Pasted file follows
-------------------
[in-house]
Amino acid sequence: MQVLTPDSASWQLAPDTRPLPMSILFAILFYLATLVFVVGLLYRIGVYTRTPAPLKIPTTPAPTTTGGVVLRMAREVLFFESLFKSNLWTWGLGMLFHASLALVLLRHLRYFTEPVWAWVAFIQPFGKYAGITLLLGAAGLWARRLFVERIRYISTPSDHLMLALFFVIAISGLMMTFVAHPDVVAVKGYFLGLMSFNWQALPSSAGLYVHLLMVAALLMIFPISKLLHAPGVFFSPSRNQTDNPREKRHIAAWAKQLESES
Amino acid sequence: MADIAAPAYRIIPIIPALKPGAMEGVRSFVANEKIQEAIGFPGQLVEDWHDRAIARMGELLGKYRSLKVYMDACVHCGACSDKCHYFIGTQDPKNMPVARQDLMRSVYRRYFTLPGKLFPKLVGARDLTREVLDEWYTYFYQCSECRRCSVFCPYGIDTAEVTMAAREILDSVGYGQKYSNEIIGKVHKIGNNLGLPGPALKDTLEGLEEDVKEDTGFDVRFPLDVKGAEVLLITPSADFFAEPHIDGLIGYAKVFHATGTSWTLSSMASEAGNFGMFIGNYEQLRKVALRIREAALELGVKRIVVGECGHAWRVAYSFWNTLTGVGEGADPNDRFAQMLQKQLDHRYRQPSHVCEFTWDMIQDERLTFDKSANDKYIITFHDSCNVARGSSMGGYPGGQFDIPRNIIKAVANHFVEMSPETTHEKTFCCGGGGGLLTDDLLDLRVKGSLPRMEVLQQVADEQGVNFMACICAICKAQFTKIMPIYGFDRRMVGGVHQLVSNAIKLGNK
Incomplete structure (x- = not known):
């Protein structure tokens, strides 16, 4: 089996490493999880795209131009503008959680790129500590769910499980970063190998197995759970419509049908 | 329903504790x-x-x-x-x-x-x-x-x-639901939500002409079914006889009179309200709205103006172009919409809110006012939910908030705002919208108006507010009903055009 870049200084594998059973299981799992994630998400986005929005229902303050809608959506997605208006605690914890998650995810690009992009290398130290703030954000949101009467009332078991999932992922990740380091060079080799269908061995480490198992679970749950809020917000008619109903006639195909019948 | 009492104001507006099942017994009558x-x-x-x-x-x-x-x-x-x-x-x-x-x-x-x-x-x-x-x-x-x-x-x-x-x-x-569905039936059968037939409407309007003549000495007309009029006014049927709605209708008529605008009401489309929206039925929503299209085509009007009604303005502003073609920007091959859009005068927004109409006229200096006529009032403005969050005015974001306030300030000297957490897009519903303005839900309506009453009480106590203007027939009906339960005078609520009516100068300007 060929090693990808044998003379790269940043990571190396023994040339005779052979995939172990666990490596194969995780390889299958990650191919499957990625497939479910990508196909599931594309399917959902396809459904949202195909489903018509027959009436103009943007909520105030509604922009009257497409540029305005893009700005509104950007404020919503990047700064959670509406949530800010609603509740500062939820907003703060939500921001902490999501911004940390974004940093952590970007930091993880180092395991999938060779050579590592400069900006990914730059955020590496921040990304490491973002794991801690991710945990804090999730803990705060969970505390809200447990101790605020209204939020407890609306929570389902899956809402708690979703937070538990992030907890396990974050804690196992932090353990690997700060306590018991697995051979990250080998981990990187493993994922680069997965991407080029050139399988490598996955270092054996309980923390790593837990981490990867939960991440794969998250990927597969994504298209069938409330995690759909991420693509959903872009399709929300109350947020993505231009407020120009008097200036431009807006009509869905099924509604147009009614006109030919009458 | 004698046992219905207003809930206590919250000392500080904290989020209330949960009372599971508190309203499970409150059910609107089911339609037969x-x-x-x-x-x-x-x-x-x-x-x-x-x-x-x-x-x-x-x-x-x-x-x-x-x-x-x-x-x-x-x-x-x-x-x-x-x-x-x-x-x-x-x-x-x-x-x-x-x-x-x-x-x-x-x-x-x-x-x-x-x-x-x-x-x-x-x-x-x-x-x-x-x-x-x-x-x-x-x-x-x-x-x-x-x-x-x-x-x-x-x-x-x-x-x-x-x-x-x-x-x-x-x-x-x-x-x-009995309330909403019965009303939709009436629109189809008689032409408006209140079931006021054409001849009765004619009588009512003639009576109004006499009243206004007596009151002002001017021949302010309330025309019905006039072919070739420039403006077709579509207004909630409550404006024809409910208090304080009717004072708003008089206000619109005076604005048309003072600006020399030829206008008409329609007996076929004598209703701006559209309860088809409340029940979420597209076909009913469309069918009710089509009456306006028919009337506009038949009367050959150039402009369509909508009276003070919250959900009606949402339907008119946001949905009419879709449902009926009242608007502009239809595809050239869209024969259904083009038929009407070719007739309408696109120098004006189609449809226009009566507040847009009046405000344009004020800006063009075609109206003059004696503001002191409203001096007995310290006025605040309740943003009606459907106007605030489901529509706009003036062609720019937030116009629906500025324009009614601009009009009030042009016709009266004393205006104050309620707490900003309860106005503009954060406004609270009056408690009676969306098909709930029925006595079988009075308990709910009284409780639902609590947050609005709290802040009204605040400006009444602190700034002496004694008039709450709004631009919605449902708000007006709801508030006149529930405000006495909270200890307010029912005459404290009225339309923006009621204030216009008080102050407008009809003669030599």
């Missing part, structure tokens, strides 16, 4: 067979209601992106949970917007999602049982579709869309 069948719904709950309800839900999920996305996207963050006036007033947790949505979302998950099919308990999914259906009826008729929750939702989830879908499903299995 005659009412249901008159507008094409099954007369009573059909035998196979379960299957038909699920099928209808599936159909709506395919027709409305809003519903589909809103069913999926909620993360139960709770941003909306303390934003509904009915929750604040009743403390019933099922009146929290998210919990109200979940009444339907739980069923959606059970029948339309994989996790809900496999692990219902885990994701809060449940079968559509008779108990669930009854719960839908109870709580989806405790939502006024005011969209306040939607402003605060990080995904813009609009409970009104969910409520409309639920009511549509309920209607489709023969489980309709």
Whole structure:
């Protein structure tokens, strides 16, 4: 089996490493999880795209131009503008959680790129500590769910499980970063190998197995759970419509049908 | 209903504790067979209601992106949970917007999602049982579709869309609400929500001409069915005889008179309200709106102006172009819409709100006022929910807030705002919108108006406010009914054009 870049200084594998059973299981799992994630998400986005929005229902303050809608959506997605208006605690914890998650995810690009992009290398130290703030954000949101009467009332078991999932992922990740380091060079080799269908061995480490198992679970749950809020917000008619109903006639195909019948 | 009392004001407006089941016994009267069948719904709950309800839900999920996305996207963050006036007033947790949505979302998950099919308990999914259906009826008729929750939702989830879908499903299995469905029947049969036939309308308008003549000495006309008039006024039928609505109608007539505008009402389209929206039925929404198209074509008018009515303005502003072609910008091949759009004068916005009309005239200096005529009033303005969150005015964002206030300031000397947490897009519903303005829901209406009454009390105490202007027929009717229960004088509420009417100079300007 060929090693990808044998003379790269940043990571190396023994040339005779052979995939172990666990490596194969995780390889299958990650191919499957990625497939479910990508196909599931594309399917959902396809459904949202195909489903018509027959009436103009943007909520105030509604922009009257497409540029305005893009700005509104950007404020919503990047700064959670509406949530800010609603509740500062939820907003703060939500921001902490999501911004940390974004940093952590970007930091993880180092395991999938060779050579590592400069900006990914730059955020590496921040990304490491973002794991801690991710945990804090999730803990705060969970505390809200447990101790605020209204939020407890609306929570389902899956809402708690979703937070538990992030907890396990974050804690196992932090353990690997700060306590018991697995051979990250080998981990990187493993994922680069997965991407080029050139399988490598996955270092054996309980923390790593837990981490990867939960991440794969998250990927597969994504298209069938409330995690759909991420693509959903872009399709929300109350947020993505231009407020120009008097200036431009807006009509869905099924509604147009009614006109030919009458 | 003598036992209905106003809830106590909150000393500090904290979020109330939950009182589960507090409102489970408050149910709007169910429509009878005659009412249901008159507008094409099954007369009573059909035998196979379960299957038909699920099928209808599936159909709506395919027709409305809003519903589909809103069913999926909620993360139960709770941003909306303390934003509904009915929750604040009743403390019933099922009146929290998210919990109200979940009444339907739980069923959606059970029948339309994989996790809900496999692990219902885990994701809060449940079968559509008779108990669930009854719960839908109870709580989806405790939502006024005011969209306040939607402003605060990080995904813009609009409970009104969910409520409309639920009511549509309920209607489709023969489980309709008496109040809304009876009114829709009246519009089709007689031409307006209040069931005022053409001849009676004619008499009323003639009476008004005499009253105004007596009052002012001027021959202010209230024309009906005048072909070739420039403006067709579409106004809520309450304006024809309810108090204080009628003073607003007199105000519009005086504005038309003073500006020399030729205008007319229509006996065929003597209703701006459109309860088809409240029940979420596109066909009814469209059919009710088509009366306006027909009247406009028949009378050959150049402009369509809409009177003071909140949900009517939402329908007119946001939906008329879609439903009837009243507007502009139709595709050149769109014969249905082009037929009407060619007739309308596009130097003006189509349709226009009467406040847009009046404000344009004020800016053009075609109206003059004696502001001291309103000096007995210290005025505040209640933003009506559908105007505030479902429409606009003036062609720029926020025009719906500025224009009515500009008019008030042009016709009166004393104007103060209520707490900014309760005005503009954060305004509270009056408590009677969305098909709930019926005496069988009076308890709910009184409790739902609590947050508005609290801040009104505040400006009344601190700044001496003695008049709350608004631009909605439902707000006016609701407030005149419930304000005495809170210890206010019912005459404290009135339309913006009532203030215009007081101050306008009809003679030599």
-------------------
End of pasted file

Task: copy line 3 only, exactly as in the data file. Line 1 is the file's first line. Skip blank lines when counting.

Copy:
Amino acid sequence: MADIAAPAYRIIPIIPALKPGAMEGVRSFVANEKIQEAIGFPGQLVEDWHDRAIARMGELLGKYRSLKVYMDACVHCGACSDKCHYFIGTQDPKNMPVARQDLMRSVYRRYFTLPGKLFPKLVGARDLTREVLDEWYTYFYQCSECRRCSVFCPYGIDTAEVTMAAREILDSVGYGQKYSNEIIGKVHKIGNNLGLPGPALKDTLEGLEEDVKEDTGFDVRFPLDVKGAEVLLITPSADFFAEPHIDGLIGYAKVFHATGTSWTLSSMASEAGNFGMFIGNYEQLRKVALRIREAALELGVKRIVVGECGHAWRVAYSFWNTLTGVGEGADPNDRFAQMLQKQLDHRYRQPSHVCEFTWDMIQDERLTFDKSANDKYIITFHDSCNVARGSSMGGYPGGQFDIPRNIIKAVANHFVEMSPETTHEKTFCCGGGGGLLTDDLLDLRVKGSLPRMEVLQQVADEQGVNFMACICAICKAQFTKIMPIYGFDRRMVGGVHQLVSNAIKLGNK